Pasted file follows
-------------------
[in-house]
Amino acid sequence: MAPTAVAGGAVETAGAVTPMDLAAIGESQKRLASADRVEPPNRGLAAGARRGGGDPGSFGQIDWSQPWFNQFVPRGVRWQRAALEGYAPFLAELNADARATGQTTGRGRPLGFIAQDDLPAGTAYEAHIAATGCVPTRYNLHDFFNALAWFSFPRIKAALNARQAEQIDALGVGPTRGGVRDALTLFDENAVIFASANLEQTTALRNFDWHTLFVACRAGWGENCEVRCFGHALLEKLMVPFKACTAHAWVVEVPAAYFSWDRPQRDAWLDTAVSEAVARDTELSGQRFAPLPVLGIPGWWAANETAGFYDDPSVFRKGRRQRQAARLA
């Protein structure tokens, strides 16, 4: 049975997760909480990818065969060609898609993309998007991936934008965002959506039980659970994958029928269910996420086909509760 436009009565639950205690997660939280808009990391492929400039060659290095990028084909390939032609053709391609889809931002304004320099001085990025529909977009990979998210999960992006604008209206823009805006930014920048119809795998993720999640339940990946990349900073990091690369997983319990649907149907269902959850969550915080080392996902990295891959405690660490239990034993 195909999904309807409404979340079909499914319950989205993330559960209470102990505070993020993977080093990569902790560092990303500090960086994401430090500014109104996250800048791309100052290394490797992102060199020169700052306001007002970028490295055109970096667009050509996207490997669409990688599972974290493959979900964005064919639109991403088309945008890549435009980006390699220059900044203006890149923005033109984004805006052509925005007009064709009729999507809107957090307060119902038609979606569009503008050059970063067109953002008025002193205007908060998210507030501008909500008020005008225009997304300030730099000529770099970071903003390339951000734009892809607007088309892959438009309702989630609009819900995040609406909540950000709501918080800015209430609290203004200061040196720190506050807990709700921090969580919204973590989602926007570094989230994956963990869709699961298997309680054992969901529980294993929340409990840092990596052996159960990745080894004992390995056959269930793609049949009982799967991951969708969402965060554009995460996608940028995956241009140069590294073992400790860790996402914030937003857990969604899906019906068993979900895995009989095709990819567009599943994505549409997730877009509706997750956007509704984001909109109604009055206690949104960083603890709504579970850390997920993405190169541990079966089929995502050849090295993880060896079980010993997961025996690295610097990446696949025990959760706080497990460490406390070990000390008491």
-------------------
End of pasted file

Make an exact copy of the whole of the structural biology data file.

[in-house]
Amino acid sequence: MAPTAVAGGAVETAGAVTPMDLAAIGESQKRLASADRVEPPNRGLAAGARRGGGDPGSFGQIDWSQPWFNQFVPRGVRWQRAALEGYAPFLAELNADARATGQTTGRGRPLGFIAQDDLPAGTAYEAHIAATGCVPTRYNLHDFFNALAWFSFPRIKAALNARQAEQIDALGVGPTRGGVRDALTLFDENAVIFASANLEQTTALRNFDWHTLFVACRAGWGENCEVRCFGHALLEKLMVPFKACTAHAWVVEVPAAYFSWDRPQRDAWLDTAVSEAVARDTELSGQRFAPLPVLGIPGWWAANETAGFYDDPSVFRKGRRQRQAARLA
């Protein structure tokens, strides 16, 4: 049975997760909480990818065969060609898609993309998007991936934008965002959506039980659970994958029928269910996420086909509760 436009009565639950205690997660939280808009990391492929400039060659290095990028084909390939032609053709391609889809931002304004320099001085990025529909977009990979998210999960992006604008209206823009805006930014920048119809795998993720999640339940990946990349900073990091690369997983319990649907149907269902959850969550915080080392996902990295891959405690660490239990034993 195909999904309807409404979340079909499914319950989205993330559960209470102990505070993020993977080093990569902790560092990303500090960086994401430090500014109104996250800048791309100052290394490797992102060199020169700052306001007002970028490295055109970096667009050509996207490997669409990688599972974290493959979900964005064919639109991403088309945008890549435009980006390699220059900044203006890149923005033109984004805006052509925005007009064709009729999507809107957090307060119902038609979606569009503008050059970063067109953002008025002193205007908060998210507030501008909500008020005008225009997304300030730099000529770099970071903003390339951000734009892809607007088309892959438009309702989630609009819900995040609406909540950000709501918080800015209430609290203004200061040196720190506050807990709700921090969580919204973590989602926007570094989230994956963990869709699961298997309680054992969901529980294993929340409990840092990596052996159960990745080894004992390995056959269930793609049949009982799967991951969708969402965060554009995460996608940028995956241009140069590294073992400790860790996402914030937003857990969604899906019906068993979900895995009989095709990819567009599943994505549409997730877009509706997750956007509704984001909109109604009055206690949104960083603890709504579970850390997920993405190169541990079966089929995502050849090295993880060896079980010993997961025996690295610097990446696949025990959760706080497990460490406390070990000390008491």